"sura mandira taru muula nivaasah,
shayyaa bhuutala majinam vaasah.
sarva parigraha bhoga tyaagah,
kasya sukham na karoti viraagah.."
Translation: Make your abode within in a temple or below a tree, and wear a simple cloth for your protection. Rest upon mother earth as your bed, and renounce all attachments and comforts. Blessed with such vairagyam (dispassion), could anyone fail to be content? 

She brings to the song a unique power that I don't think anyone else can possess. Listen to the whole keerthanai by M.S.Subbulakshmi here.

We experienced the vibrations of Manasarovar and Kailash, and let me tell you - you cannot escape it. It gets into your skin and penetrates your nerves before you know it, and you stand there, dumbstruck, not knowing how to react. We awoke one morning whilst staying near Kailash to the best view in the universe. Kailash was hardly a few kilometres away from us and the mountain stood there majestically, kissing the skies, radiating a golden glow of purity, protected by a warm blanket of snow and ice. An epitome of perfection.

The trip taught me a lot about food too. My mother brought lots of herbal foods with her to keep our energy levels up, and after eating simple and powerful herbs like that, you completely lose any appetite for masala-filled foods. Don't get me wrong; the tour agents and sherpas were incredibly hospitable in providing us hot and healthy meals, and they would always use boiled water and fresh vegetables, but their sabzis were often filled with dabba masalas. This didn't quite agree with many of us. Eating simple kept our stomachs happy!

Simple is the way to go. Iyengars used to follow that tradition of eating simple and healthy, and our family chooses to maintain that. On that note, I bring you Molagu Kozhambu and Paruppu Thogayal today - a family favourite. This combination will not only cleanse you and flush out all the toxins in your stomach, but it is also the tastiest kozhambu you will ever have! Molagu Kozhambu is a pepper-infused tamarind sambhar which is supposed to be thick. You only need a little bit of it to mix with rice, and it's a delicious tangy soup with a tantalizing kick. You'll love it, I guarantee you. Paruppu Thogayal is a thick paste of toasted lentils and spices. It's blended with some coconut and mixed with rice. These two dishes are a match made in heaven. It's completely healthy too - only a tiny bit of oil in the sambhar, kicks from sinus-cleansing pepper, and plently of protein from the lentils!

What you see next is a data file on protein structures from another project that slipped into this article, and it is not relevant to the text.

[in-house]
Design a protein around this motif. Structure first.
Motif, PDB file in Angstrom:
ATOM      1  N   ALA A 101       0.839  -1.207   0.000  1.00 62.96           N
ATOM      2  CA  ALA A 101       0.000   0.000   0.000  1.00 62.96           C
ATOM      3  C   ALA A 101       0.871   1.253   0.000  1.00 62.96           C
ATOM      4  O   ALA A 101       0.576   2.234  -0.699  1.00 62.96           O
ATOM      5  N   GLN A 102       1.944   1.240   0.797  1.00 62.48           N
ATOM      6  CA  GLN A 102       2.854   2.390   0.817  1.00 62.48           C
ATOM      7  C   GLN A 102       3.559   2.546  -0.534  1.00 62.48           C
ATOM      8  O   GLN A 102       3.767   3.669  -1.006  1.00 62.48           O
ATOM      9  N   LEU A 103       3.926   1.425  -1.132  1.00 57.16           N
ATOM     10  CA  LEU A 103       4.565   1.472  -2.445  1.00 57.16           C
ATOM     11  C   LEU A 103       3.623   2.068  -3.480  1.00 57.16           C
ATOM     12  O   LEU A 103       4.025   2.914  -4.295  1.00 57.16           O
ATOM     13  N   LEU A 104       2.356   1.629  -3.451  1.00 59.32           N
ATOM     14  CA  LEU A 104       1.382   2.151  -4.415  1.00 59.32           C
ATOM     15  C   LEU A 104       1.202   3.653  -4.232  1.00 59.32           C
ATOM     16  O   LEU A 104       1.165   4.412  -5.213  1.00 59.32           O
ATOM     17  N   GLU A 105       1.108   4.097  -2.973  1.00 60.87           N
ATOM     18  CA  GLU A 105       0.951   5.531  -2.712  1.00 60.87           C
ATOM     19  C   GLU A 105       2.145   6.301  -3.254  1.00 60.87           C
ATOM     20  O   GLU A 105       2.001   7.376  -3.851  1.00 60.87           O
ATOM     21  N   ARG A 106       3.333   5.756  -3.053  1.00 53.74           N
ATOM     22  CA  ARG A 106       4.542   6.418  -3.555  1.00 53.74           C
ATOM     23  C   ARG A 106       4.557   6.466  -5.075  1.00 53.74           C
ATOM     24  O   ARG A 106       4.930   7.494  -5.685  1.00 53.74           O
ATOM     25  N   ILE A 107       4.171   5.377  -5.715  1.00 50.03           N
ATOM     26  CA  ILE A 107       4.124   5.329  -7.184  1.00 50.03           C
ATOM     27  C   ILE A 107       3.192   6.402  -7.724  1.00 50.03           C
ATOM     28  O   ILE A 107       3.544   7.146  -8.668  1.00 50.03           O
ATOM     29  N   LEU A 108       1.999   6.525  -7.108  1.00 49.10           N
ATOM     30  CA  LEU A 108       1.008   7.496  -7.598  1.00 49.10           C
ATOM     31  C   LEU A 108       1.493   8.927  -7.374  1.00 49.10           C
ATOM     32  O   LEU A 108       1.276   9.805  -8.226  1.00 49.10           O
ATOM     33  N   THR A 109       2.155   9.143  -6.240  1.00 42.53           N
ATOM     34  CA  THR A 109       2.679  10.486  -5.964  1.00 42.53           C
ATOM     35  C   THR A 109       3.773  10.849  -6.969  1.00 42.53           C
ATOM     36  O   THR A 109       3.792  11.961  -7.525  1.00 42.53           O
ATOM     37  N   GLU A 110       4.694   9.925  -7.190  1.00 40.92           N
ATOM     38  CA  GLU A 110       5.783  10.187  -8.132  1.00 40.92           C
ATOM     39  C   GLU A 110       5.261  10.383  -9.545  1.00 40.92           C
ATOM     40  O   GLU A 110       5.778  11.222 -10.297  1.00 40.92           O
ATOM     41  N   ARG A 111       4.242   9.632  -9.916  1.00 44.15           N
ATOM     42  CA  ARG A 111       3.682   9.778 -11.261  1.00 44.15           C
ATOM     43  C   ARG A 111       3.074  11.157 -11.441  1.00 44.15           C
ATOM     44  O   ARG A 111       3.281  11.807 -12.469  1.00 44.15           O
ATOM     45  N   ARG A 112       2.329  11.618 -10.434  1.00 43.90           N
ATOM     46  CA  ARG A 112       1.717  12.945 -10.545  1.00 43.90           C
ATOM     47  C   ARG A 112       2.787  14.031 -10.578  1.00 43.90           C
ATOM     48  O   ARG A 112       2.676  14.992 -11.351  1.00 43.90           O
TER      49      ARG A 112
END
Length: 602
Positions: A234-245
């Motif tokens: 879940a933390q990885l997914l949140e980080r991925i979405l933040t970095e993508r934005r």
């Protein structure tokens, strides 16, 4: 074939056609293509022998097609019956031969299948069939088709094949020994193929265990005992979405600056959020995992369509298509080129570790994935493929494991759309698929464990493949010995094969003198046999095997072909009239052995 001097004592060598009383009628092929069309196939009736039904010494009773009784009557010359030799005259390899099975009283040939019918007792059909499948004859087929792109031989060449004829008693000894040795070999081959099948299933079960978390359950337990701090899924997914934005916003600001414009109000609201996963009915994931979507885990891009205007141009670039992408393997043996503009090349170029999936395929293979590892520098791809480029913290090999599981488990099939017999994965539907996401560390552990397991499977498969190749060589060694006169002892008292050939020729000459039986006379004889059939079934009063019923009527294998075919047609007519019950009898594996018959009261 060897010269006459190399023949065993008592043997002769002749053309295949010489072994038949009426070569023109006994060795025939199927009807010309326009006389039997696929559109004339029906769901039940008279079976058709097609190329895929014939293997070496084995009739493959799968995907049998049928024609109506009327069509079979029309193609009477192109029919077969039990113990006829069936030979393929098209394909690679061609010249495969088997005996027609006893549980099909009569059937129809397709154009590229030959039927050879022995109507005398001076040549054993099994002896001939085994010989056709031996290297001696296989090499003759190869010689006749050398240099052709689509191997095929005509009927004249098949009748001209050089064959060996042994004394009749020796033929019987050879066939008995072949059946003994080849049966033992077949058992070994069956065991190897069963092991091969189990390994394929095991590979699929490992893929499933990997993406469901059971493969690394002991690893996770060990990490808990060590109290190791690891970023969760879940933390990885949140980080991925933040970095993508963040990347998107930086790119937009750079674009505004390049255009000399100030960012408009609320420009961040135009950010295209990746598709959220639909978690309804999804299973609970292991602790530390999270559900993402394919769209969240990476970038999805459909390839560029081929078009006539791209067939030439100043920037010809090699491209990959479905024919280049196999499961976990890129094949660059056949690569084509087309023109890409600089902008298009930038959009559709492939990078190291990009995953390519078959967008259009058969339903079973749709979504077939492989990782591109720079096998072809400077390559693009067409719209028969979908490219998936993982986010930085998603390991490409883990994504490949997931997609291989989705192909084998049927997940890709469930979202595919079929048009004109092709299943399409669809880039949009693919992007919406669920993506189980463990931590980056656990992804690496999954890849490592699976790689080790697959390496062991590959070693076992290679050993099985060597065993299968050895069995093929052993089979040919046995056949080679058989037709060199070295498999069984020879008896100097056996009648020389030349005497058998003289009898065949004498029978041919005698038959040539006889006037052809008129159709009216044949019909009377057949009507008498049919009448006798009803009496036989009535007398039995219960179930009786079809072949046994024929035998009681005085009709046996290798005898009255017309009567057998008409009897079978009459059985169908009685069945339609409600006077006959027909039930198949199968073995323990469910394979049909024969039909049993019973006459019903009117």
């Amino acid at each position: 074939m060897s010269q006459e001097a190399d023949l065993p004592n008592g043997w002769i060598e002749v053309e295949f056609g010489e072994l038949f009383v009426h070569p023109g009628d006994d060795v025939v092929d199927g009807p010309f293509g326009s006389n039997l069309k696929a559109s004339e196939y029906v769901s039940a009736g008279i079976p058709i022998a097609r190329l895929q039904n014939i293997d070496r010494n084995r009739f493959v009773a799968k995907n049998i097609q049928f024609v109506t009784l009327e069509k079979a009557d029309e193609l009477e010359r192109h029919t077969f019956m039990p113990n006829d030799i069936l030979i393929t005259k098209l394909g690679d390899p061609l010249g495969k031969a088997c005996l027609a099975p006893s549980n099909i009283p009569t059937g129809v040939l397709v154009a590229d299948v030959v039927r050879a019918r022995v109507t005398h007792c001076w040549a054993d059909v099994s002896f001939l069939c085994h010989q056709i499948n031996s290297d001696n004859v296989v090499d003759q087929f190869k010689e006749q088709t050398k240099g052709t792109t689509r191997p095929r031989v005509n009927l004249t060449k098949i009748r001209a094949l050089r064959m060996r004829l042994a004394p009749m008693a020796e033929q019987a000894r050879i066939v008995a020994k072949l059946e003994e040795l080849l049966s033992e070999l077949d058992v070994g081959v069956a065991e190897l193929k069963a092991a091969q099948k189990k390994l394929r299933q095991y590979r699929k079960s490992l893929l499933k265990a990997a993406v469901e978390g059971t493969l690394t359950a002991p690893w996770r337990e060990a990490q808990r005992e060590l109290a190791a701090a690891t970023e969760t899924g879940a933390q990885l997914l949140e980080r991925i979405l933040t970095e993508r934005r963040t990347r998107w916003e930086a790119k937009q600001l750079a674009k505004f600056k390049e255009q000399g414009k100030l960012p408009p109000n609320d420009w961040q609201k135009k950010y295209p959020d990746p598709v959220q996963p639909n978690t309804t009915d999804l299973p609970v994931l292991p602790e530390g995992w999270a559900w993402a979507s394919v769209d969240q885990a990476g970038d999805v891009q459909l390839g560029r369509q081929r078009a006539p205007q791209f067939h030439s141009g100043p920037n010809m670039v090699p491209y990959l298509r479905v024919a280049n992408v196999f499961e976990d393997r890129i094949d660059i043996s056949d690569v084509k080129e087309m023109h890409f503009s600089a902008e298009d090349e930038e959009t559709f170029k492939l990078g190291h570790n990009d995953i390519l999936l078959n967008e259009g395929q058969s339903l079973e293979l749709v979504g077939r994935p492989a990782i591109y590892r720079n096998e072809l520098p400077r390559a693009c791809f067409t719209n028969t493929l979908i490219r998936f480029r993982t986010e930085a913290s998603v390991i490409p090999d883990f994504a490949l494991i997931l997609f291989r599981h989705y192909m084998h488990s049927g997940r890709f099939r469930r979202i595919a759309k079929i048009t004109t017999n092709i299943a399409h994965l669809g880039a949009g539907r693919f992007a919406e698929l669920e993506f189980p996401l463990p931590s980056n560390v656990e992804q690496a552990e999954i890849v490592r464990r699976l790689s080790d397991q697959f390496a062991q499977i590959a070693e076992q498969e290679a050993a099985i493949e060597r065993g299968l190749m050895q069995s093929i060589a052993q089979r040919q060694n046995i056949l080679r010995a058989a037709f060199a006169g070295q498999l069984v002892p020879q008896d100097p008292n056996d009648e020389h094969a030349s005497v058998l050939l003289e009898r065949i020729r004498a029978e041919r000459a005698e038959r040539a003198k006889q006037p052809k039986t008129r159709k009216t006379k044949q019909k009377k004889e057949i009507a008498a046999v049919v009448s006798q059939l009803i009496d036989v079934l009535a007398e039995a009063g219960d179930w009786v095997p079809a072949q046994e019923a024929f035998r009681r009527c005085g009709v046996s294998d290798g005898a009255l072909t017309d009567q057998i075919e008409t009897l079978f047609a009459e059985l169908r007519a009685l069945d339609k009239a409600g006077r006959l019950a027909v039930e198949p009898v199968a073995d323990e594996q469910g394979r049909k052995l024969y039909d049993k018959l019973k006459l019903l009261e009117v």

We usually mix the thogayal with rice, make a well in the centre, liberally pour in a ladle of the kozhambu, and enjoy this delicious combination. You don't need no nothin' else.

Saturday's menu was Paruppu Keerai, Lemon Rasam, Cabbage Dry Curry, Molagu Kozhambu and Paruppu Thogayal. An Iyengar feast, you might say!

Molagu Kozhambu (Pepper Infused Tamarind Sambhar)
Total Time Required: 45 minutes
Yield: Enough for 5 people

1 and half lemon sized balls of puli / tamarind / imli (or 1.5 tablespoons of tamarind paste)
1/2 teaspoon of perungayam/ hing/ asafoetida
1/4 teaspoon of turmeric
1 strand of curry leaves
3 tablespoons of cornflour or rice flour1 teaspoon of mustard seeds
1 tablespoon of oil
Salt to taste

For powder:
1 cup Thoram Paruppu / Toor Dal
1 tablespoon of vendhayam/ methi seeds/ fenugreek seeds